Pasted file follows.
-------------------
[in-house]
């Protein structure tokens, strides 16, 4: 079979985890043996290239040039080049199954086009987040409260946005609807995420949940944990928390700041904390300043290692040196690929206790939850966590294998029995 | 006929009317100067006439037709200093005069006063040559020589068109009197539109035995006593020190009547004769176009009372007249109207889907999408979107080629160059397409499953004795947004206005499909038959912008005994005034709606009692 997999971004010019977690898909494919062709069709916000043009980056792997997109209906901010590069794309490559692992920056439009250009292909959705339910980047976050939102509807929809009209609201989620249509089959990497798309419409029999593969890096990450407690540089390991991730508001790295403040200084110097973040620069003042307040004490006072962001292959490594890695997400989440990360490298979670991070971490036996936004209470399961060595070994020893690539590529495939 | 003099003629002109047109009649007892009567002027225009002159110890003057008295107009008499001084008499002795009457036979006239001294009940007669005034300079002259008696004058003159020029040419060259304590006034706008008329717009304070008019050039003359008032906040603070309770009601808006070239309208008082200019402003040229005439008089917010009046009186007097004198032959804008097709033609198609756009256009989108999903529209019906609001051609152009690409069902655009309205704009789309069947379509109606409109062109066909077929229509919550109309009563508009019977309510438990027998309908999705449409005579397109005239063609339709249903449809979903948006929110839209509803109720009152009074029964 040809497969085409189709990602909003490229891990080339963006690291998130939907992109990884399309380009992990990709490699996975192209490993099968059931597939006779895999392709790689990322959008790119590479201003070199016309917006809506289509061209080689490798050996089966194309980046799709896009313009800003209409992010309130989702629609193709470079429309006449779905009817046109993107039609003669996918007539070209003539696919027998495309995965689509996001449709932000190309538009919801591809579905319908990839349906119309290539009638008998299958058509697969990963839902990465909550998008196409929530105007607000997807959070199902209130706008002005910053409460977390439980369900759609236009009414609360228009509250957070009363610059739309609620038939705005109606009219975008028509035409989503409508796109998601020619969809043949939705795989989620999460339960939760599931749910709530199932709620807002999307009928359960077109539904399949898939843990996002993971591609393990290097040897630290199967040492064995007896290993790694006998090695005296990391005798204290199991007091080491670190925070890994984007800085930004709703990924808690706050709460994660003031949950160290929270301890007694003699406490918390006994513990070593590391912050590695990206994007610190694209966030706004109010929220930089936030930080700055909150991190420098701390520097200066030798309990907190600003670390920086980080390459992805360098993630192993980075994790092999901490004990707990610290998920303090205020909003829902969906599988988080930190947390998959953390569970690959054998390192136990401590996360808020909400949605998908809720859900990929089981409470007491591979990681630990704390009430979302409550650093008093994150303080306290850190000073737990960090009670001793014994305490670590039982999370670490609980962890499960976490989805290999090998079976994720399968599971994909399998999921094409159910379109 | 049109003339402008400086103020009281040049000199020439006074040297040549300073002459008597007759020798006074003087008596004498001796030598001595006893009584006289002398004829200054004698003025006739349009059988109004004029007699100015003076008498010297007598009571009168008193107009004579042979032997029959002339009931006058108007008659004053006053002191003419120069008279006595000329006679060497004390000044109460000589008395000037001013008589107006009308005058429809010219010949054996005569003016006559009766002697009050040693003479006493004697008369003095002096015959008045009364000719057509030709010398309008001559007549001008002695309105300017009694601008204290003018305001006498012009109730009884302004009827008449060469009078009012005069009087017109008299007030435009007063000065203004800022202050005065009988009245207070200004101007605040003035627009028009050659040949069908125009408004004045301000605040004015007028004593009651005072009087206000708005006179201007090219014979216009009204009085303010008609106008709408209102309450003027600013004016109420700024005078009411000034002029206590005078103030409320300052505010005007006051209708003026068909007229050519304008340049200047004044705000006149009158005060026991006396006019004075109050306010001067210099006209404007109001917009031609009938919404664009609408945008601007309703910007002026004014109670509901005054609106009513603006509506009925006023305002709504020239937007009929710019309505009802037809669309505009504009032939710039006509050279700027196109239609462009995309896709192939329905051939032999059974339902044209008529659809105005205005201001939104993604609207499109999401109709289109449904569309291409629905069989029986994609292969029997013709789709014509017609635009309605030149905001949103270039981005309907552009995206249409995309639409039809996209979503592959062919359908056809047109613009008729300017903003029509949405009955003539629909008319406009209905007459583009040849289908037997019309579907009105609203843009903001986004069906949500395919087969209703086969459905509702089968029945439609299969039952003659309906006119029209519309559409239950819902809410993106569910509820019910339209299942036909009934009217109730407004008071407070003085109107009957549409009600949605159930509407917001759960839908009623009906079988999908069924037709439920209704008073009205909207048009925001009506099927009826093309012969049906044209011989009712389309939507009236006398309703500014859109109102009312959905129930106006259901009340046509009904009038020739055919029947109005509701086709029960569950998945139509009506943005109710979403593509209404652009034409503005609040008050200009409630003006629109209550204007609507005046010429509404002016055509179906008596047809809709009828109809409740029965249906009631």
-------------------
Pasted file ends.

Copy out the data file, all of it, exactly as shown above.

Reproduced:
[in-house]
């Protein structure tokens, strides 16, 4: 079979985890043996290239040039080049199954086009987040409260946005609807995420949940944990928390700041904390300043290692040196690929206790939850966590294998029995 | 006929009317100067006439037709200093005069006063040559020589068109009197539109035995006593020190009547004769176009009372007249109207889907999408979107080629160059397409499953004795947004206005499909038959912008005994005034709606009692 997999971004010019977690898909494919062709069709916000043009980056792997997109209906901010590069794309490559692992920056439009250009292909959705339910980047976050939102509807929809009209609201989620249509089959990497798309419409029999593969890096990450407690540089390991991730508001790295403040200084110097973040620069003042307040004490006072962001292959490594890695997400989440990360490298979670991070971490036996936004209470399961060595070994020893690539590529495939 | 003099003629002109047109009649007892009567002027225009002159110890003057008295107009008499001084008499002795009457036979006239001294009940007669005034300079002259008696004058003159020029040419060259304590006034706008008329717009304070008019050039003359008032906040603070309770009601808006070239309208008082200019402003040229005439008089917010009046009186007097004198032959804008097709033609198609756009256009989108999903529209019906609001051609152009690409069902655009309205704009789309069947379509109606409109062109066909077929229509919550109309009563508009019977309510438990027998309908999705449409005579397109005239063609339709249903449809979903948006929110839209509803109720009152009074029964 040809497969085409189709990602909003490229891990080339963006690291998130939907992109990884399309380009992990990709490699996975192209490993099968059931597939006779895999392709790689990322959008790119590479201003070199016309917006809506289509061209080689490798050996089966194309980046799709896009313009800003209409992010309130989702629609193709470079429309006449779905009817046109993107039609003669996918007539070209003539696919027998495309995965689509996001449709932000190309538009919801591809579905319908990839349906119309290539009638008998299958058509697969990963839902990465909550998008196409929530105007607000997807959070199902209130706008002005910053409460977390439980369900759609236009009414609360228009509250957070009363610059739309609620038939705005109606009219975008028509035409989503409508796109998601020619969809043949939705795989989620999460339960939760599931749910709530199932709620807002999307009928359960077109539904399949898939843990996002993971591609393990290097040897630290199967040492064995007896290993790694006998090695005296990391005798204290199991007091080491670190925070890994984007800085930004709703990924808690706050709460994660003031949950160290929270301890007694003699406490918390006994513990070593590391912050590695990206994007610190694209966030706004109010929220930089936030930080700055909150991190420098701390520097200066030798309990907190600003670390920086980080390459992805360098993630192993980075994790092999901490004990707990610290998920303090205020909003829902969906599988988080930190947390998959953390569970690959054998390192136990401590996360808020909400949605998908809720859900990929089981409470007491591979990681630990704390009430979302409550650093008093994150303080306290850190000073737990960090009670001793014994305490670590039982999370670490609980962890499960976490989805290999090998079976994720399968599971994909399998999921094409159910379109 | 049109003339402008400086103020009281040049000199020439006074040297040549300073002459008597007759020798006074003087008596004498001796030598001595006893009584006289002398004829200054004698003025006739349009059988109004004029007699100015003076008498010297007598009571009168008193107009004579042979032997029959002339009931006058108007008659004053006053002191003419120069008279006595000329006679060497004390000044109460000589008395000037001013008589107006009308005058429809010219010949054996005569003016006559009766002697009050040693003479006493004697008369003095002096015959008045009364000719057509030709010398309008001559007549001008002695309105300017009694601008204290003018305001006498012009109730009884302004009827008449060469009078009012005069009087017109008299007030435009007063000065203004800022202050005065009988009245207070200004101007605040003035627009028009050659040949069908125009408004004045301000605040004015007028004593009651005072009087206000708005006179201007090219014979216009009204009085303010008609106008709408209102309450003027600013004016109420700024005078009411000034002029206590005078103030409320300052505010005007006051209708003026068909007229050519304008340049200047004044705000006149009158005060026991006396006019004075109050306010001067210099006209404007109001917009031609009938919404664009609408945008601007309703910007002026004014109670509901005054609106009513603006509506009925006023305002709504020239937007009929710019309505009802037809669309505009504009032939710039006509050279700027196109239609462009995309896709192939329905051939032999059974339902044209008529659809105005205005201001939104993604609207499109999401109709289109449904569309291409629905069989029986994609292969029997013709789709014509017609635009309605030149905001949103270039981005309907552009995206249409995309639409039809996209979503592959062919359908056809047109613009008729300017903003029509949405009955003539629909008319406009209905007459583009040849289908037997019309579907009105609203843009903001986004069906949500395919087969209703086969459905509702089968029945439609299969039952003659309906006119029209519309559409239950819902809410993106569910509820019910339209299942036909009934009217109730407004008071407070003085109107009957549409009600949605159930509407917001759960839908009623009906079988999908069924037709439920209704008073009205909207048009925001009506099927009826093309012969049906044209011989009712389309939507009236006398309703500014859109109102009312959905129930106006259901009340046509009904009038020739055919029947109005509701086709029960569950998945139509009506943005109710979403593509209404652009034409503005609040008050200009409630003006629109209550204007609507005046010429509404002016055509179906008596047809809709009828109809409740029965249906009631």